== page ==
Day 1: 5 mile hike up to a ridge on the west side of the Chisos Mtns.
This is a view south into Juniper Canyon
The residents of the Mexico village Boquillas, just across the river, craft these wire sculptures and leave them at this popular overlook in the park for tourists to take and leave a donation in a can. While we were sitting watching the sunset, a man walked up to the display and checked on the can of money. We realized he was a Mexican resident of Boquillas coming to collect the money from the art display. There was a sign explaining that the money collected was being used for the local school in Boquillas. This practice, however, is illegal and tourists are encouraged not to take the items and leave money. Oddly enough, the park staff is aware of this situation and has offered to legally buy these crafts directly from the Boquillas residents, pay them 3 times the amount they are sold for along the river, and then the park turns around and sells them in the gift shops. For some reason though, the illegal displays remain.
Day two: Another 5 mile hike into a narrow canyon along the eastern border of Big Bend to a feature called Ernst Tinaja. (Tinaja means "tiny cup")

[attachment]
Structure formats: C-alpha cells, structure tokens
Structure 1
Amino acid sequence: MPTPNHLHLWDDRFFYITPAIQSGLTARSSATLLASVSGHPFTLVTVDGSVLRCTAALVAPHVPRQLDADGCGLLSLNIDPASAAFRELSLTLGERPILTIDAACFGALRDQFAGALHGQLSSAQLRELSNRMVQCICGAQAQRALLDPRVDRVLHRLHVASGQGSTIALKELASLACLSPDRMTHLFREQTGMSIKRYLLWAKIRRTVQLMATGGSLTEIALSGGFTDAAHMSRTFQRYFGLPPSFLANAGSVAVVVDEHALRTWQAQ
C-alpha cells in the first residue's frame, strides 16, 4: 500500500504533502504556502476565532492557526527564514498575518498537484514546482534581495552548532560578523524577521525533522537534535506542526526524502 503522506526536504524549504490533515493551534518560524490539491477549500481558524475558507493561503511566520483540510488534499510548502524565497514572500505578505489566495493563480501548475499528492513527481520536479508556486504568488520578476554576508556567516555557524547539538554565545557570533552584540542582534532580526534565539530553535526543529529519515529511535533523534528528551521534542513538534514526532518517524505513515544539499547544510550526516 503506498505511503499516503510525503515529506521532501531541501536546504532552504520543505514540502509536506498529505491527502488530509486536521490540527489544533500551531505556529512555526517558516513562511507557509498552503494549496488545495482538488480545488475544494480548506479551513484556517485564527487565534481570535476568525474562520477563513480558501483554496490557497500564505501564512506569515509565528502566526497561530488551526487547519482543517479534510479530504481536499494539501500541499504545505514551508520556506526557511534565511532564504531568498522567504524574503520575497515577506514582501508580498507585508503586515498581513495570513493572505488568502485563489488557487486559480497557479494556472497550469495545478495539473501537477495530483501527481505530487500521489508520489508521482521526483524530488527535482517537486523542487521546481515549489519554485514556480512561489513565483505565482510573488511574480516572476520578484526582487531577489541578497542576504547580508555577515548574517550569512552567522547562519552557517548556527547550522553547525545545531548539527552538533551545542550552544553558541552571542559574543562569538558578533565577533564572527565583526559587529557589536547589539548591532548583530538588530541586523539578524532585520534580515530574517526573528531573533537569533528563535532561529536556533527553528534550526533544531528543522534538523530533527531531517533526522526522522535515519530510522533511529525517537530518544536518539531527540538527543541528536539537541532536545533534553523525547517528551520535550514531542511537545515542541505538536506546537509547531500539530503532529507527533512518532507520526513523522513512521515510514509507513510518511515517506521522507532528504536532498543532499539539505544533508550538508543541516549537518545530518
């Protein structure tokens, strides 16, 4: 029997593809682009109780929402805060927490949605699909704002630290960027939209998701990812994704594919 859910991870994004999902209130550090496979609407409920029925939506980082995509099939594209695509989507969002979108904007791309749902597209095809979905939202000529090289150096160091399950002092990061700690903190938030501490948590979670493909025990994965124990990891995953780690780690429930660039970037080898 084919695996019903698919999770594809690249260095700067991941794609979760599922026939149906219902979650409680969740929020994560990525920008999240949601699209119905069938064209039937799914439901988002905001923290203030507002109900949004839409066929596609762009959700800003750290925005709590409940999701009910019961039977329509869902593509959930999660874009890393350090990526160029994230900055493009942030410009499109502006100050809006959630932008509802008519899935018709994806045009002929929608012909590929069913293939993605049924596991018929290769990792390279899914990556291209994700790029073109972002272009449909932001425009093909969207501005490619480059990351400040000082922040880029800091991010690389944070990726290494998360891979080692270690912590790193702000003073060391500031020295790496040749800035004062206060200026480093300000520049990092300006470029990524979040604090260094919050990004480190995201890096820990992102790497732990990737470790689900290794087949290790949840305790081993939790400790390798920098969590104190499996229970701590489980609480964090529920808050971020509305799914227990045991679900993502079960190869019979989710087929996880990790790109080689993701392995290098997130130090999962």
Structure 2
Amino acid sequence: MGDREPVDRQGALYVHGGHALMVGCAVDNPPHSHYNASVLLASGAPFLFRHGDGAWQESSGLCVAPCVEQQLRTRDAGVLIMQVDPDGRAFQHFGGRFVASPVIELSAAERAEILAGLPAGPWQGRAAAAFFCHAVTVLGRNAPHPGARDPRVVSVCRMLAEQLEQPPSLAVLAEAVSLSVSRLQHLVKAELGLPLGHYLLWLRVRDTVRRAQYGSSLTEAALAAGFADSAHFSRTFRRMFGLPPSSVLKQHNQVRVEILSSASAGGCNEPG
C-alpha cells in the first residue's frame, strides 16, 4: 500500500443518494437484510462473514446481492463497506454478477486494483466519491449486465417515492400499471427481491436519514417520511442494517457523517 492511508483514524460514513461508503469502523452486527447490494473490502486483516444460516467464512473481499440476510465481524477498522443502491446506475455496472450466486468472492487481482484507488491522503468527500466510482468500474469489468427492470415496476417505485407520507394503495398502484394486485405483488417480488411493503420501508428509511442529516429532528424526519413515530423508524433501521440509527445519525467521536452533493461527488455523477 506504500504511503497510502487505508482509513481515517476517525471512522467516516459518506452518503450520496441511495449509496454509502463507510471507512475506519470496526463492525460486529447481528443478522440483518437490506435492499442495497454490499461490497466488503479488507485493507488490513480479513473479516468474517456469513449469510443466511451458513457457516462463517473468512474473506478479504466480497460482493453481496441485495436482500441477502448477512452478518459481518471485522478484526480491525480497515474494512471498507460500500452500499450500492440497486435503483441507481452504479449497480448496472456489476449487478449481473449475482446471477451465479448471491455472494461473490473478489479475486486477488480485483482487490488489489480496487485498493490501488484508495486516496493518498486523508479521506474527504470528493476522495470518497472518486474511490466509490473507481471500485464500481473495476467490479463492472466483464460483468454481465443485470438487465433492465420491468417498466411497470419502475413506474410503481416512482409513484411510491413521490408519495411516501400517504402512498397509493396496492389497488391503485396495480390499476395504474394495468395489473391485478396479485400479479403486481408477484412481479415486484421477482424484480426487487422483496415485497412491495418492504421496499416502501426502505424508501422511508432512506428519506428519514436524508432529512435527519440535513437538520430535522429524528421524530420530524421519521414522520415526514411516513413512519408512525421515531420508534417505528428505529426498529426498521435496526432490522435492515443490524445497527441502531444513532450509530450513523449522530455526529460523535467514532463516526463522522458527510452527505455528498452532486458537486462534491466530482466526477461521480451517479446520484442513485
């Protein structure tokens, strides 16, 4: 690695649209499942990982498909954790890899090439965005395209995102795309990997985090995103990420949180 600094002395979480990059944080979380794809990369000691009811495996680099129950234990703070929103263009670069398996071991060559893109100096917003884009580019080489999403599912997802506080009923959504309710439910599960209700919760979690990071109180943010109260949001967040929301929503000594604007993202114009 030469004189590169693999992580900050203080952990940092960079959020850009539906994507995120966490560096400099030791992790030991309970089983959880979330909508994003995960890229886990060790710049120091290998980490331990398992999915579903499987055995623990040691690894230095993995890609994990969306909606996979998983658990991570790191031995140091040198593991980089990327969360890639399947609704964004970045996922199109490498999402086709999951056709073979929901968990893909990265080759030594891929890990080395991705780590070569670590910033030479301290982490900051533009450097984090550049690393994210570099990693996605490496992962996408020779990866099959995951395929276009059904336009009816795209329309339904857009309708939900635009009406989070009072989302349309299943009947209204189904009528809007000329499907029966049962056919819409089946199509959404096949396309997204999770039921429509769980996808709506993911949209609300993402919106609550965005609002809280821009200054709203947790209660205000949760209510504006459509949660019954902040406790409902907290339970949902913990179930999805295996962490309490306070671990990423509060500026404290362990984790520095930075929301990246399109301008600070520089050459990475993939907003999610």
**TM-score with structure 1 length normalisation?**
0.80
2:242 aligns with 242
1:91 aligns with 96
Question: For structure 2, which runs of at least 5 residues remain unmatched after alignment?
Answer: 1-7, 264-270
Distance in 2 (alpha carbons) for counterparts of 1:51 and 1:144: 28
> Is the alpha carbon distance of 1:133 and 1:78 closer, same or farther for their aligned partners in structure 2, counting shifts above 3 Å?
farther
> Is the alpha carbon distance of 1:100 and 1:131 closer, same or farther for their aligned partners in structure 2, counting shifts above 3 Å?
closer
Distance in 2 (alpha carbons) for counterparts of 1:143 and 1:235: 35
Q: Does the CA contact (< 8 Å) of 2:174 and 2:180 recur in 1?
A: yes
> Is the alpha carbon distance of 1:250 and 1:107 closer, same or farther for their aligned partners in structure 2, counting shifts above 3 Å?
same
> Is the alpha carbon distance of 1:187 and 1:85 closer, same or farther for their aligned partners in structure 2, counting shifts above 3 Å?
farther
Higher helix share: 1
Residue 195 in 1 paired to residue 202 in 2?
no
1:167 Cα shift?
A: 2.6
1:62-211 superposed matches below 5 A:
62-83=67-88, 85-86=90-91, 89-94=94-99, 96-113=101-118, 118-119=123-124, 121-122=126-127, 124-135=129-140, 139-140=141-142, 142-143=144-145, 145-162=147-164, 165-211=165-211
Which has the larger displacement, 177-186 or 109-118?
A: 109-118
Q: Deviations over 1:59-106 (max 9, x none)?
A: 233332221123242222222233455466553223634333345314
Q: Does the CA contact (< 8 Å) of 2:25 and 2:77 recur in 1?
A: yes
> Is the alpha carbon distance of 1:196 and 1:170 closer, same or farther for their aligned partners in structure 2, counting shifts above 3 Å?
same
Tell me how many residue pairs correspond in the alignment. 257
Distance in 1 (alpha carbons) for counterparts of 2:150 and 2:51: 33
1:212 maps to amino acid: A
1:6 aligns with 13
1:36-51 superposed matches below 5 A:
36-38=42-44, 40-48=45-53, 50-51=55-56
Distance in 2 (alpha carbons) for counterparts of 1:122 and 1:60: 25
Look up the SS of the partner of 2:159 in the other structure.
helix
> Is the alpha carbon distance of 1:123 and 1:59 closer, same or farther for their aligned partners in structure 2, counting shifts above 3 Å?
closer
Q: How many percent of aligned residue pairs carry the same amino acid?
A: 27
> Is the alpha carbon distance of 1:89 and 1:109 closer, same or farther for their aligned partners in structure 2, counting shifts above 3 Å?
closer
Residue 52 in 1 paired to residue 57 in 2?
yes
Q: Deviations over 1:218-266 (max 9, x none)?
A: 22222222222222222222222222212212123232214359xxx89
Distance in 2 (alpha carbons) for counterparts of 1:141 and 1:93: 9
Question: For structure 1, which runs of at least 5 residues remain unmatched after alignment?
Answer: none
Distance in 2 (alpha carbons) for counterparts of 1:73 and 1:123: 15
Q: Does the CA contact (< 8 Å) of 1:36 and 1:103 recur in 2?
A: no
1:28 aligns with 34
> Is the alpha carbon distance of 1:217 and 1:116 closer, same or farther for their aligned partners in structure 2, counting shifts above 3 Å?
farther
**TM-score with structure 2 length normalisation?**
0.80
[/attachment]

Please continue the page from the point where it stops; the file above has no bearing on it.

The geology in this area was fascinating.
Following, is a nice selection of plant life common to the region:
Two of the most common species: Prickly Pear cactus, above, and Strawberry Tibayalitayascmapaya cactus, below. (I actually can't remember it's name, but it's strawberry something.) This stuff was everywhere, from the lowlands along the Rio Grande at 1800 ft to the highest areas in the Chisos Mtns at 7000 ft.
Another of the most common plants: Yucca
This is either a Cow-Crippler or a Horse-Crippler. Wicked little buggers, aren't they!?
Just reason # 5,479 why thou shall not go barefoot in the desert.
Ressurection Fern. I didn't get a chance to witness the ressurection, but apparently, when it rains, this fern collects the water and turns a beautiful bright green the following day. Then, promptly, it goes back to it's usual brown.
Hectia. This interesting plant is all about disguise. There is another similar-looking plant, lecheguilla, that looks just like it except without the red coloring, that contains a nuero-toxin which prevents animals from eating it. Hectia does not contain this neuero-toxin and, thus, is edible to animals; however, by mimicking lecheguilla, which animals know is dangerous, it attempts to trick them and scare them away to prevent itself from becoming lunch.
We hiked up and out the east side of the canyon, then followed a faint trail up the eastern slope back up to the top of the ridge which the canyon slices through. This is the view down into the canyon we hiked through just an hour earlier.
The floor of the canyon had these interesting ripples, evidence of the water that rushes out of the canyon during heavy rains.